Saturday, December 1, 2007

War Spending and the Declining U.S. Dollar

Much has been made of the United States’ astonishing deficit spending in the first half of this decade, and also of the rapid decline of the value of the U.S. dollar, but not everyone wants to draw the link between the two. Historically and in the present case, deficit spending is the main cause of currency declines, and in a much smaller way, the decline in currency adds to the budget deficit.

To get the bigger picture, you need to see the cause of the deficit spending. Some would want to blame the Bush tax cuts, but while those tax cuts are certainly hurting the U.S. economy, they are not nearly large enough to account for the deficits we are seeing. This is a deficit caused by deficit spending, and specifically, spending on the U.S. invasion and occupation of Iraq.

There are other ways to measure a war besides money, and the millions of people dead and millions more homeless are the real story of the war, but it is also important to look at how much money is being spent. If you measure the war according to military spending, the U.S. war in Iraq is probably already the most expensive war undertaken by the United States, which also means it is the most expensive war undertaken by any country ever. Unless the United States winds it down precipitously, it is likely to have an official cost over 1 trillion dollars, with the unofficial cost much higher. And that money is borrowed.

You don’t borrow and spend that kind of money with no consequences. Economists describe currencies like the U.S. dollar as “deficit currencies.” In traditional economic thinking, it is impossible for a country like the United States, buying more than it produces, to maintain the value of its currency.

Warren Buffett put it this way four years ago: “In effect, our country has been behaving like an extraordinarily rich family that possesses an immense farm. In order to consume 4% more than we produce — that’s the trade deficit — we have, day by day, been both selling pieces of the farm and increasing the mortgage on what we still own.”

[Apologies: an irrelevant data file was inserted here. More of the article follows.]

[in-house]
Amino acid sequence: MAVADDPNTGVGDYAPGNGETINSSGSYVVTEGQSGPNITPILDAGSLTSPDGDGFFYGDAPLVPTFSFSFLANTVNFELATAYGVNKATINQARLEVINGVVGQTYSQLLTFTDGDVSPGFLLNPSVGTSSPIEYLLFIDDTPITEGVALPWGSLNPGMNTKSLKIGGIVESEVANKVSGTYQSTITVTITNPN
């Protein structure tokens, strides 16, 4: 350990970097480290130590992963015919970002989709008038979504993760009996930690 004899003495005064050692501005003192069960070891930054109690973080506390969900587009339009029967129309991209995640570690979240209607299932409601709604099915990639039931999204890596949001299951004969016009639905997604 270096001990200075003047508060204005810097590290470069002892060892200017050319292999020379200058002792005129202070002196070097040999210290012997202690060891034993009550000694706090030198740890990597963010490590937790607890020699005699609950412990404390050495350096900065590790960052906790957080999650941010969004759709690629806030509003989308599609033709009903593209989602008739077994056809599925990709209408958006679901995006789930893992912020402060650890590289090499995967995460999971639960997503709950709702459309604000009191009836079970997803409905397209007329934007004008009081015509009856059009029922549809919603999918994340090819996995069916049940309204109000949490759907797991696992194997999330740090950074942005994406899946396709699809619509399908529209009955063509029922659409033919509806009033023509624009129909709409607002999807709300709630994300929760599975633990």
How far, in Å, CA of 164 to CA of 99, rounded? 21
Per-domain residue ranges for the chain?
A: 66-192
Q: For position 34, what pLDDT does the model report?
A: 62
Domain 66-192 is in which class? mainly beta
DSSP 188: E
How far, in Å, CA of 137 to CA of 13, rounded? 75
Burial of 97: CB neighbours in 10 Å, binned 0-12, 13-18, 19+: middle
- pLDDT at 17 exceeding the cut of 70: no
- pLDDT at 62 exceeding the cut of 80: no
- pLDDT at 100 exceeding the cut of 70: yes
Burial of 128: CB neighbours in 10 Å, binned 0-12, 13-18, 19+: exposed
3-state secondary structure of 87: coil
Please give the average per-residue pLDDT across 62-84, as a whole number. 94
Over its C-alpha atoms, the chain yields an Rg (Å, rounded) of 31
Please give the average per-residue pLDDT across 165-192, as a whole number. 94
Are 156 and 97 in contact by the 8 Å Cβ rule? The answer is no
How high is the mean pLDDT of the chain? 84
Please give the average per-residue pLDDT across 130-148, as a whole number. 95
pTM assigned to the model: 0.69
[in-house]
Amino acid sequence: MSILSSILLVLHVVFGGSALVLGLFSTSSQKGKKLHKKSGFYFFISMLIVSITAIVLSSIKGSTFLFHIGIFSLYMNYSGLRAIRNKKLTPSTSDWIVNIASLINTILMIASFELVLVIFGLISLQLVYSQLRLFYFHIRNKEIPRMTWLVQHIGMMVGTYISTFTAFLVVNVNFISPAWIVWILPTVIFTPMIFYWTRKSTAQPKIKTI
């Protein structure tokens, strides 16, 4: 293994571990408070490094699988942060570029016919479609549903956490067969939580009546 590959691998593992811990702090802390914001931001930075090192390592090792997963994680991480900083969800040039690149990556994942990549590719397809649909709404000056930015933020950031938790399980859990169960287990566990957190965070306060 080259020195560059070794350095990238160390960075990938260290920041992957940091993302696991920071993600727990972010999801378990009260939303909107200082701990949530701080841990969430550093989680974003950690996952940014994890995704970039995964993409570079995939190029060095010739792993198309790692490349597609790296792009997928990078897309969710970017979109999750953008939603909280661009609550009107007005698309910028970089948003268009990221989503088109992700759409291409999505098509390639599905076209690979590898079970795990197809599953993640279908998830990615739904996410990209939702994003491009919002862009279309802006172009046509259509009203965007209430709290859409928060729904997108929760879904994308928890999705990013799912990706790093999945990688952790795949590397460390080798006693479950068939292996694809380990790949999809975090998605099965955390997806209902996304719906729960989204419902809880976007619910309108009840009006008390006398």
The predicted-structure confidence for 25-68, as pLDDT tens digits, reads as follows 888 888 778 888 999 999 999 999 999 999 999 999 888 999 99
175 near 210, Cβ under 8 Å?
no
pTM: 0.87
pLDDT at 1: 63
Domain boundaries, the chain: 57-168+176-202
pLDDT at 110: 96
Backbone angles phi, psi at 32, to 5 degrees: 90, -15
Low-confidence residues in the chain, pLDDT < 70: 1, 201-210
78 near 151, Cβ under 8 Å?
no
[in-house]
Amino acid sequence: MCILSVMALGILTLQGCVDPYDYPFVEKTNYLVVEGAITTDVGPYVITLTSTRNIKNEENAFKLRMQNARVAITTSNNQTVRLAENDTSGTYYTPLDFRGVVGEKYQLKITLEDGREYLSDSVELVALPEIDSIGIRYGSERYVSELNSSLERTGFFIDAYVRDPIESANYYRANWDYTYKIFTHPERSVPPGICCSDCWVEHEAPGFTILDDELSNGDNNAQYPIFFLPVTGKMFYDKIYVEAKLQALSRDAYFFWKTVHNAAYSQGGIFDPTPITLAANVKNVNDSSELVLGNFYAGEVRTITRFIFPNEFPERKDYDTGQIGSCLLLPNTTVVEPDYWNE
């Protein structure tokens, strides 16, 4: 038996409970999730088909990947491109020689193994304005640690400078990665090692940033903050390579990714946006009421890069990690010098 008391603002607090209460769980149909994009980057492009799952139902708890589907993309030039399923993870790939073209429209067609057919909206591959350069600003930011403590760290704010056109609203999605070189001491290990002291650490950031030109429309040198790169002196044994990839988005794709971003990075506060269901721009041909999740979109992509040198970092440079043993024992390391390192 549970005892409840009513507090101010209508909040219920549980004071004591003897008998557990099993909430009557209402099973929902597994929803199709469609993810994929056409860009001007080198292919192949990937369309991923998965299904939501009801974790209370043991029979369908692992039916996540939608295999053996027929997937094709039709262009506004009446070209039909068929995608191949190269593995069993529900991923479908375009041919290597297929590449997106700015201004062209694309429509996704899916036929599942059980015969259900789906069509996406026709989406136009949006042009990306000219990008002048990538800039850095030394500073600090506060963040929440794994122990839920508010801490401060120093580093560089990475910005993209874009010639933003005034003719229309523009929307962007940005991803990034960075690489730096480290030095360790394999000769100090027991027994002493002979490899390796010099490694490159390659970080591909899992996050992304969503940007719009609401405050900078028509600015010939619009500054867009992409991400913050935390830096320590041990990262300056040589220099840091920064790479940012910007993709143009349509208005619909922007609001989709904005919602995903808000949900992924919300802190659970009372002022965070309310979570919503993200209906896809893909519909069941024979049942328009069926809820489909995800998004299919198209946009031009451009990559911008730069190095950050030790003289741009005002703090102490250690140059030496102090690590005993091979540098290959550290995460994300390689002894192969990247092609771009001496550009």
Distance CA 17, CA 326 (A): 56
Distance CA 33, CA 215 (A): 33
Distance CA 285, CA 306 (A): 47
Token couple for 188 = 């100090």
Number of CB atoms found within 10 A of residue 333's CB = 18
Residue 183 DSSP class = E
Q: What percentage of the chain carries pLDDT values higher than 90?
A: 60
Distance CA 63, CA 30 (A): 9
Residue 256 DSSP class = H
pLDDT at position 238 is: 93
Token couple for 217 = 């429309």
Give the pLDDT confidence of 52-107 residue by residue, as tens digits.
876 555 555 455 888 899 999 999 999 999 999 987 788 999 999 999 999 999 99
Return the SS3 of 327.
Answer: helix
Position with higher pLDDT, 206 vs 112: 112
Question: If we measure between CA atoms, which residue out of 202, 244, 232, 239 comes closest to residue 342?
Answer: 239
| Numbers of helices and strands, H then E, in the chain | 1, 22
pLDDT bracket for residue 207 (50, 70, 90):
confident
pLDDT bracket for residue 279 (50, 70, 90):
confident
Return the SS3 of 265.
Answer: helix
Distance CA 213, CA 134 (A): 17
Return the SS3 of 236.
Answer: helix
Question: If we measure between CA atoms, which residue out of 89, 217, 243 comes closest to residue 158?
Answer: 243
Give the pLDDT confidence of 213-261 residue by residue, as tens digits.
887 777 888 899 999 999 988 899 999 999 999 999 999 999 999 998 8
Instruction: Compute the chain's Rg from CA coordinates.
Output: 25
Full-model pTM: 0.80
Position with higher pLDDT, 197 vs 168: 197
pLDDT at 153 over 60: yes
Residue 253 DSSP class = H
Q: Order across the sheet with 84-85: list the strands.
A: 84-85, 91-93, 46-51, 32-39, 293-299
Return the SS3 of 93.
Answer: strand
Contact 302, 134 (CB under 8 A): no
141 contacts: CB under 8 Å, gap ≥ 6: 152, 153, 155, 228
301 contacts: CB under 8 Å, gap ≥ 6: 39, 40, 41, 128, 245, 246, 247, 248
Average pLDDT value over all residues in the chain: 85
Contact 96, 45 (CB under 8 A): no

In the most dire scenario, we risk becoming a “tenant nation.” Our own currency becomes worthless and we own so little of our own land that we no longer have much collective control over the prices we pay for housing, farmland, and the other essentials of life and work.

The federal budget deficit adds to the trade deficit and speeds up the decline in the dollar — and the federal budget deficit in this decade is basically the Iraq war. Without the war, the federal budget could be in a small surplus and could be easing, instead of accelerating, the decline in the dollar.

The declining dollar also worsens the budget deficit, as the government has to spend more dollars for the products and services it has to buy from other countries — mainly energy.

There were those who supported the Iraq war because they thought it would mean more oil for the world. Perhaps that will come to pass, but if it does, it will not benefit the United States. The declining dollar means that, for Americans, the price of gasoline can only go up.

Nearly half of U.S. imports are energy — crude oil, natural gas, nuclear fuel, electricity, and so on. The only way we can eliminate the trade deficit is by importing less energy through a combination of using less energy and creating more energy ourselves.

It would take an investment of around $1 trillion — a huge amount to spend, but not larger than the Iraq war — for the United States to have energy independence. And the cost could be smaller if technological breakthroughs drive down prices or if people find new ways to conserve energy. The decline in the U.S. dollar is likely to continue until the economy returns to its peacetime footing and the country decides to take the idea of energy independence seriously.